Atty. Mike Phillips will join AG in defending CLTC lawsuit

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Phillips says his role will focus more on defending the commission and the director while the AG’s Office will continue to represent the government of Guam.

Guam – Attorney Mike Phillips will be joining the Attorney General’s Office in defending the lawsuit filed by the Department of Justice against the Chamorro Land Trust Commission.

Attorney General Elizabeth Barrett-Anderson appointed Phillips as a special assistant attorney general assigned to defend the Chamorro Land Trust Commission.

The Trump Administration sued the Chamorro Land Trust Commission, as well as the Government of Guam and the director of the commission, for alleged violation of the Fair Housing Act.  The federal government alleges the Chamorro Land Trust limits eligibility for its land program to native inhabitants.

Phillips says his role will focus more on defending the commission and the director while the AG’s Office will continue to represent the government of Guam. Phillips says he wanted to be a part of the team that defended this case given his history with the Chamorro Land Trust.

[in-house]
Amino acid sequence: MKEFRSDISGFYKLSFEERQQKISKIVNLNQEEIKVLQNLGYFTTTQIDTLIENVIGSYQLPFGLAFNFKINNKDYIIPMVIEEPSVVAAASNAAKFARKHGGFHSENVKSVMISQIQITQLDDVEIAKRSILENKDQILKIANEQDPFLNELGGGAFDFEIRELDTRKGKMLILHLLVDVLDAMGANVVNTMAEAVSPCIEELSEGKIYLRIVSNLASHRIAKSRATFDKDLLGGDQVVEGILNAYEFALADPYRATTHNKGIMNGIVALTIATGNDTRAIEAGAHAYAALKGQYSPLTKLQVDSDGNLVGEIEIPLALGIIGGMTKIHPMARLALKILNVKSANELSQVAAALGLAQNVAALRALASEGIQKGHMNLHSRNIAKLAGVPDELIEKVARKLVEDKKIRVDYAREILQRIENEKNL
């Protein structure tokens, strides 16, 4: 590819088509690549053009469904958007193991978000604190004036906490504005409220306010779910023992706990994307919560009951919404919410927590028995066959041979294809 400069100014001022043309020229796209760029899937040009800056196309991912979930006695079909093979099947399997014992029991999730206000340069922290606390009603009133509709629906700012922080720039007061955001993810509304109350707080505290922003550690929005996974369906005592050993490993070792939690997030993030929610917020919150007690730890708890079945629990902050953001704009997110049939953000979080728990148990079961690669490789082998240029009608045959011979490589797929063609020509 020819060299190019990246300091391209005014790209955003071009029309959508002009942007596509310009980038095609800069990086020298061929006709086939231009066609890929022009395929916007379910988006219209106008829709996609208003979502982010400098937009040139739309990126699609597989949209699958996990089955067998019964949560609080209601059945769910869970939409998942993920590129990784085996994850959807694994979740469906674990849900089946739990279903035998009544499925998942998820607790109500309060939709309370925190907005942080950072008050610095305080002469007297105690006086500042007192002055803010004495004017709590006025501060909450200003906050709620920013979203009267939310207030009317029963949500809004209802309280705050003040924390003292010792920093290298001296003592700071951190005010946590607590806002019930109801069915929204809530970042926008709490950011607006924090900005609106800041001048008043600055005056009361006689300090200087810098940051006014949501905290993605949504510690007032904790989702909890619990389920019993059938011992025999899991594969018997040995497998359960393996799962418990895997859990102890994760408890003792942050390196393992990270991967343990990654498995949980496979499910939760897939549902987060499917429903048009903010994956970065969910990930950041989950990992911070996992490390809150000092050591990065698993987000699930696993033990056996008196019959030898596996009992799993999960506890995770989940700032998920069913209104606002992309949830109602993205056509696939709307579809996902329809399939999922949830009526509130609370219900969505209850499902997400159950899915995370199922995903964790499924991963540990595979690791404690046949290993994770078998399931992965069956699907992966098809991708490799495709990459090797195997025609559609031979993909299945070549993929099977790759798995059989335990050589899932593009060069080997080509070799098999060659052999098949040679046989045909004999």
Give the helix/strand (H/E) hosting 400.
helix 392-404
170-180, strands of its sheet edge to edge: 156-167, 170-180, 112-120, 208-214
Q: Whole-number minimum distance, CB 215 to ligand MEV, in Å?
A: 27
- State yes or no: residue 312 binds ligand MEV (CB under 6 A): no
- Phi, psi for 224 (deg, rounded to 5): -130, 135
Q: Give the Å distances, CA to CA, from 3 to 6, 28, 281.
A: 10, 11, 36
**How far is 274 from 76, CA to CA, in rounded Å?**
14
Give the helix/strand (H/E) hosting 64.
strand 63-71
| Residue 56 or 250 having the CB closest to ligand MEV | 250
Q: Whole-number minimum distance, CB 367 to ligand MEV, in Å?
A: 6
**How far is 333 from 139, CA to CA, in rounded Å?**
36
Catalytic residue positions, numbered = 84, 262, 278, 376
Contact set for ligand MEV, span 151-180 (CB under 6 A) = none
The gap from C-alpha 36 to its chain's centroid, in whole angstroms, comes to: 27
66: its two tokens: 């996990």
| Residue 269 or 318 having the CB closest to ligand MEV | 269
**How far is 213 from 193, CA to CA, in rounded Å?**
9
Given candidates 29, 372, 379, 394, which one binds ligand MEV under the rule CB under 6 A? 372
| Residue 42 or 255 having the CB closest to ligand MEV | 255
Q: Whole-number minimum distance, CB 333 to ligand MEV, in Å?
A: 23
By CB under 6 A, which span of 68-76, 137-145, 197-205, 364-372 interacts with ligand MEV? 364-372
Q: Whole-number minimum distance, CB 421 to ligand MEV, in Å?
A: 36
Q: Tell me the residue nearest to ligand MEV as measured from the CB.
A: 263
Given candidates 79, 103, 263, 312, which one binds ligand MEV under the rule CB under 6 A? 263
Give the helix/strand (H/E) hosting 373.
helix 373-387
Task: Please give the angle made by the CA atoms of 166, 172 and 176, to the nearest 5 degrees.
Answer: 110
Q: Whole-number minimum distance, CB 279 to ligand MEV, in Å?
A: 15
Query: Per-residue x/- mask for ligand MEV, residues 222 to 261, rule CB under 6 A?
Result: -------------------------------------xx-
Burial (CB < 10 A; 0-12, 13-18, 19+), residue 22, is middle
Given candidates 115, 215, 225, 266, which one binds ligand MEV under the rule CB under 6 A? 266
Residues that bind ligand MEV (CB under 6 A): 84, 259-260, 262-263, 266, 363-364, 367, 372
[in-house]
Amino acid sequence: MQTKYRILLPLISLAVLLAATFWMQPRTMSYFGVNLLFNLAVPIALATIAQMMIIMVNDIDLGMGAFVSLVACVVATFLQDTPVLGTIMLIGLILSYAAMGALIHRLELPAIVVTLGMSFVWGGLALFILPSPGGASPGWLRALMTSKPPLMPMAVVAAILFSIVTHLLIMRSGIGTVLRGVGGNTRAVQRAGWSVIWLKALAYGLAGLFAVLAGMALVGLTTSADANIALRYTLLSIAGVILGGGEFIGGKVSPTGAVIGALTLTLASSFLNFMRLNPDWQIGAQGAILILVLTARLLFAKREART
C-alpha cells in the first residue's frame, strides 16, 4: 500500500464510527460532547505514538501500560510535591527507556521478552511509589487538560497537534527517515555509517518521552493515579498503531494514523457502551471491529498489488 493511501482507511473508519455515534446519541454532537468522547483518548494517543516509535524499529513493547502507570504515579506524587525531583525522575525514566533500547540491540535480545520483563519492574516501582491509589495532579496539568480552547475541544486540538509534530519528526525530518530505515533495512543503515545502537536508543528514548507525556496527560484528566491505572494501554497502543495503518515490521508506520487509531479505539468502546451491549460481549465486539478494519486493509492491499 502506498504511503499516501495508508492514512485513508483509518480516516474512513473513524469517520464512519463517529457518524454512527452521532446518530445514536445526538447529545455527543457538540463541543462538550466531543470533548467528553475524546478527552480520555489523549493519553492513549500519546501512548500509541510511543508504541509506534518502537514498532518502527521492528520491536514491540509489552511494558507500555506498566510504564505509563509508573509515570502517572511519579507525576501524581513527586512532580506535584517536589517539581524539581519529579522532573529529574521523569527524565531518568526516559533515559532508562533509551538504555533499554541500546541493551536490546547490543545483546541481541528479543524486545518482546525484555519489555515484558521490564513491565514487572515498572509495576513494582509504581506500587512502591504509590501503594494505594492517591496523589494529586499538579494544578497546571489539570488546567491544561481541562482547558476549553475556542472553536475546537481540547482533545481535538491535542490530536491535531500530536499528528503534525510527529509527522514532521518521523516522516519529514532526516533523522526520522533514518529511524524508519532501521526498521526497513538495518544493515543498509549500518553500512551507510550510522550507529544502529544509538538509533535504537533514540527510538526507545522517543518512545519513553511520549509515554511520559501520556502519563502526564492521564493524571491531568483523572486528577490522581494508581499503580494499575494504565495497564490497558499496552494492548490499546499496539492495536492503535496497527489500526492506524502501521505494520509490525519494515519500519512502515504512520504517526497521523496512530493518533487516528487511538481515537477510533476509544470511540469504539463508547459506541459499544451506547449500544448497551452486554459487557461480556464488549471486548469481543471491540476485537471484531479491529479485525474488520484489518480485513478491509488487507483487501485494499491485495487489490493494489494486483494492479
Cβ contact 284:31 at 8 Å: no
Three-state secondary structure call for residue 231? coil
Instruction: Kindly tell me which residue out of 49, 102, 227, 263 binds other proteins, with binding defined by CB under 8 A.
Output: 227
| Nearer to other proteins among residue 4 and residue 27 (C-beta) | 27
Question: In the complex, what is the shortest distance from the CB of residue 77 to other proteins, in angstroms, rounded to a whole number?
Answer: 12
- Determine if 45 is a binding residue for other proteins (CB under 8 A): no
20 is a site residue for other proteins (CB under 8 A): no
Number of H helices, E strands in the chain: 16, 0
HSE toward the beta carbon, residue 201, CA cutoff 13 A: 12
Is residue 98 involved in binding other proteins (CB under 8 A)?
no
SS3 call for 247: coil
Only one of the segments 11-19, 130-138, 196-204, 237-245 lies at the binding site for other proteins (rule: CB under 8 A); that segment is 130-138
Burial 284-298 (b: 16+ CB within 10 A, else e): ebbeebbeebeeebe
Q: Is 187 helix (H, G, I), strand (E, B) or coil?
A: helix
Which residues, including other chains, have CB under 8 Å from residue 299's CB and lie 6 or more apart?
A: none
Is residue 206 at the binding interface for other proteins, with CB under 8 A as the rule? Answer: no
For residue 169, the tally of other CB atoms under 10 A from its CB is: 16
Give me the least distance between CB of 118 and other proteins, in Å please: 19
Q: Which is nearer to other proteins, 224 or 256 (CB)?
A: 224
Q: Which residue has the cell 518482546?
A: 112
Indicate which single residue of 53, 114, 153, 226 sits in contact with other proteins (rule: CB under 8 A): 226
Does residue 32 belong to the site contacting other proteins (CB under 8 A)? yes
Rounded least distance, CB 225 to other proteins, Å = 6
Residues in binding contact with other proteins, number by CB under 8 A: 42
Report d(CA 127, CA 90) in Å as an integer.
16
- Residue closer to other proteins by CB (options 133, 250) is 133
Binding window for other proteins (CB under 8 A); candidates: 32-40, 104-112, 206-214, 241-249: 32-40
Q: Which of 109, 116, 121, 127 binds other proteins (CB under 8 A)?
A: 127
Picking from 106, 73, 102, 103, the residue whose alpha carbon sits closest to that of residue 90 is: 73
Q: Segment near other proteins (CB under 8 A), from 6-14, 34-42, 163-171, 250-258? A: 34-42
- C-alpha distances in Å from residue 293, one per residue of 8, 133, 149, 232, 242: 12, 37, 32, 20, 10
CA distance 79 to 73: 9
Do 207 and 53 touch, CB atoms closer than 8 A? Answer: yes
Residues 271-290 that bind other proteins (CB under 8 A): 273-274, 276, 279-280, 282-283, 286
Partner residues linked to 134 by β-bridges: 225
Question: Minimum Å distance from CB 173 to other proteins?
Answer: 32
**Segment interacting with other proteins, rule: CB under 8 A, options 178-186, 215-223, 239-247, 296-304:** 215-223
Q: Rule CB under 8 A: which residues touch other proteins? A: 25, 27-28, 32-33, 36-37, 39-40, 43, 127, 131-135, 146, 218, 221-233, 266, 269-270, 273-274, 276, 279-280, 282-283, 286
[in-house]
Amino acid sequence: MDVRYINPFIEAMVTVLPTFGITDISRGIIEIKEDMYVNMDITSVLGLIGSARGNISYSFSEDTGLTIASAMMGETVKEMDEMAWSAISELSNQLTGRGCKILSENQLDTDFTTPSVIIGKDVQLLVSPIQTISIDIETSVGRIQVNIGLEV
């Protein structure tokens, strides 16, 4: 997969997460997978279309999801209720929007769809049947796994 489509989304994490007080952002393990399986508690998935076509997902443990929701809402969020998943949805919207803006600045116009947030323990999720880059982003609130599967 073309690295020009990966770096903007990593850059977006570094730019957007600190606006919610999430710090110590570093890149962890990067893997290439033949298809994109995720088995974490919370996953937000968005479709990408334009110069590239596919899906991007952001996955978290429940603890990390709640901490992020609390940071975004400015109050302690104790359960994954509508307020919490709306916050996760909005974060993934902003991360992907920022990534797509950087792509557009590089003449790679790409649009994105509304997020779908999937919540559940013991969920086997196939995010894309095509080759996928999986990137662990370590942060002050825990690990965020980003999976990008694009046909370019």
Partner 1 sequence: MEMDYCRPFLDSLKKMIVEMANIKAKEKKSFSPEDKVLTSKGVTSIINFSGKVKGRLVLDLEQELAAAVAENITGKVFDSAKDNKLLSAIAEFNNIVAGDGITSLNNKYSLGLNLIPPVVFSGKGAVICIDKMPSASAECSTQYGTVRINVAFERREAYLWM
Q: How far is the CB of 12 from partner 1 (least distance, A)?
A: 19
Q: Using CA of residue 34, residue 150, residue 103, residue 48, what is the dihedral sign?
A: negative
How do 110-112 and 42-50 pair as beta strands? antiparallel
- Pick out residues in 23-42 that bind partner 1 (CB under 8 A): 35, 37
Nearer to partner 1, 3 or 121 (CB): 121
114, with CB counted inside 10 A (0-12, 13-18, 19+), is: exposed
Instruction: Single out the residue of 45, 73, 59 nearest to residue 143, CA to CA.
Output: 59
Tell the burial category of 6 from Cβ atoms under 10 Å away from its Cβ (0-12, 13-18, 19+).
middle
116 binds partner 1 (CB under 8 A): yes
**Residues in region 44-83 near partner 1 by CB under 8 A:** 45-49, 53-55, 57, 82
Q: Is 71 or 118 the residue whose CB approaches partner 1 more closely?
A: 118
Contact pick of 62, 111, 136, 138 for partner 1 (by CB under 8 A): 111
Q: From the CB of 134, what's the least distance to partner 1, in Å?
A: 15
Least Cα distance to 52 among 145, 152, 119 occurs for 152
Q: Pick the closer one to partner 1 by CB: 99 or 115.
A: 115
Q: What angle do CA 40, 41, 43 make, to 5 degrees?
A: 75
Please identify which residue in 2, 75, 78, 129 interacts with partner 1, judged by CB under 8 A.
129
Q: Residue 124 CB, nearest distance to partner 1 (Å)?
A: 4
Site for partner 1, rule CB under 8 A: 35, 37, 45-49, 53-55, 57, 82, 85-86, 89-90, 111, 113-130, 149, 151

“I’ve been part of the team that litigated the Chamorro Land Trust back in the early 90s and I was hoping that I’d be part of the team that defends it now. I also had entered at least one case in the past when it was challenged in District Court and that case was subsequently dismissed.  And so I’m hoping to continue with the attorney general in this case and be as successful as we’ve been in the past,” said Phillips.

In a reply the AG’s Office filed in District Court, they asserted that the Chamorro Land Trust Act is not racially based because not all non-Chamorros are barred from obtaining residential leases nor are all Chamorros eligible for residential leases.

“I think it’s one thing to say, ‘Gee I don’t agree with that.’ It’s another thing to say for example, ‘It’s unconstitutional,’ because clearly it’s not, and or argue that it’s racist, clearly it’s not,” noted Phillips. “The fact that decades have gone by without the United States having any trouble with the Chamorro Land Trust Act and the commission and the fact that the United States has allowed this, for example, the Hawaiian Homes Commission Act.”

Under the terms of the agreement to keep Attorney Phillips on the case, the AG’s office will still maintain control over the litigation.